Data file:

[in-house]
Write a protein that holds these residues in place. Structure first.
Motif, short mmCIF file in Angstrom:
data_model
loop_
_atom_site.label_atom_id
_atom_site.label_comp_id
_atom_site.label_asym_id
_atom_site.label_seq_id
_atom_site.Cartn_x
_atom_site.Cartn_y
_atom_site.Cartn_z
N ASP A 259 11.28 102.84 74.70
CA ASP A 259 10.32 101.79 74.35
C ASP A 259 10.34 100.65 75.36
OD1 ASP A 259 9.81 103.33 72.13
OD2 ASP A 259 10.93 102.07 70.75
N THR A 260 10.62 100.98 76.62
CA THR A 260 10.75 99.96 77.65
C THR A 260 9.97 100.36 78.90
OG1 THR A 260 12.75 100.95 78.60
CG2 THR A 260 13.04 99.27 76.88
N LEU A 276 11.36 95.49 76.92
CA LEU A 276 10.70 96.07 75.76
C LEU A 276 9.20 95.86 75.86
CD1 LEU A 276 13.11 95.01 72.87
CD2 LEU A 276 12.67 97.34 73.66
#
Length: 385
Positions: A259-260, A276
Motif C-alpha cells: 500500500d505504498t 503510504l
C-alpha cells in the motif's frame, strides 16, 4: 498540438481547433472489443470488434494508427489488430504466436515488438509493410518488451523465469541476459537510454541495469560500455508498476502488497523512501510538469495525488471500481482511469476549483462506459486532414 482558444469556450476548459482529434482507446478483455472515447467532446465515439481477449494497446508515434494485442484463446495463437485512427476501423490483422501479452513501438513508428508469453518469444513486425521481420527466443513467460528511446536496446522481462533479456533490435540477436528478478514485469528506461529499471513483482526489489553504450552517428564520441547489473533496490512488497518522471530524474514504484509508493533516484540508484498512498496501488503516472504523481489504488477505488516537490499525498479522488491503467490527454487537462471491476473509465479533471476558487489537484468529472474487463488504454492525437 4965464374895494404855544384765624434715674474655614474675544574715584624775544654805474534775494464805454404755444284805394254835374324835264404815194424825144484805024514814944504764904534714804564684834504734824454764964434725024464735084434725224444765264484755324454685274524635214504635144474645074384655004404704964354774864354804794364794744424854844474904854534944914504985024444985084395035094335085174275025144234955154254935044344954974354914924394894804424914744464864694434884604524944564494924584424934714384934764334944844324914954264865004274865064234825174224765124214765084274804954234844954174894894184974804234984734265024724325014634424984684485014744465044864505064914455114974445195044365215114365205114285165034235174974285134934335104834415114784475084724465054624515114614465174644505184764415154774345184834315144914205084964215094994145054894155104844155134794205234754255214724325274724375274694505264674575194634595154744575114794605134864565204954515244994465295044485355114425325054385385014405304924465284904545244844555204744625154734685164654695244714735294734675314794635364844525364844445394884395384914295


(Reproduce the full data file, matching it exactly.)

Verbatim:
[in-house]
Write a protein that holds these residues in place. Structure first.
Motif, short mmCIF file in Angstrom:
data_model
loop_
_atom_site.label_atom_id
_atom_site.label_comp_id
_atom_site.label_asym_id
_atom_site.label_seq_id
_atom_site.Cartn_x
_atom_site.Cartn_y
_atom_site.Cartn_z
N ASP A 259 11.28 102.84 74.70
CA ASP A 259 10.32 101.79 74.35
C ASP A 259 10.34 100.65 75.36
OD1 ASP A 259 9.81 103.33 72.13
OD2 ASP A 259 10.93 102.07 70.75
N THR A 260 10.62 100.98 76.62
CA THR A 260 10.75 99.96 77.65
C THR A 260 9.97 100.36 78.90
OG1 THR A 260 12.75 100.95 78.60
CG2 THR A 260 13.04 99.27 76.88
N LEU A 276 11.36 95.49 76.92
CA LEU A 276 10.70 96.07 75.76
C LEU A 276 9.20 95.86 75.86
CD1 LEU A 276 13.11 95.01 72.87
CD2 LEU A 276 12.67 97.34 73.66
#
Length: 385
Positions: A259-260, A276
Motif C-alpha cells: 500500500d505504498t 503510504l
C-alpha cells in the motif's frame, strides 16, 4: 498540438481547433472489443470488434494508427489488430504466436515488438509493410518488451523465469541476459537510454541495469560500455508498476502488497523512501510538469495525488471500481482511469476549483462506459486532414 482558444469556450476548459482529434482507446478483455472515447467532446465515439481477449494497446508515434494485442484463446495463437485512427476501423490483422501479452513501438513508428508469453518469444513486425521481420527466443513467460528511446536496446522481462533479456533490435540477436528478478514485469528506461529499471513483482526489489553504450552517428564520441547489473533496490512488497518522471530524474514504484509508493533516484540508484498512498496501488503516472504523481489504488477505488516537490499525498479522488491503467490527454487537462471491476473509465479533471476558487489537484468529472474487463488504454492525437 4965464374895494404855544384765624434715674474655614474675544574715584624775544654805474534775494464805454404755444284805394254835374324835264404815194424825144484805024514814944504764904534714804564684834504734824454764964434725024464735084434725224444765264484755324454685274524635214504635144474645074384655004404704964354774864354804794364794744424854844474904854534944914504985024444985084395035094335085174275025144234955154254935044344954974354914924394894804424914744464864694434884604524944564494924584424934714384934764334944844324914954264865004274865064234825174224765124214765084274804954234844954174894894184974804234984734265024724325014634424984684485014744465044864505064914455114974445195044365215114365205114285165034235174974285134934335104834415114784475084724465054624515114614465174644505184764415154774345184834315144914205084964215094994145054894155104844155134794205234754255214724325274724375274694505264674575194634595154744575114794605134864565204954515244994465295044485355114425325054385385014405304924465284904545244844555204744625154734685164654695244714735294734675314794635364844525364844445394884395384914295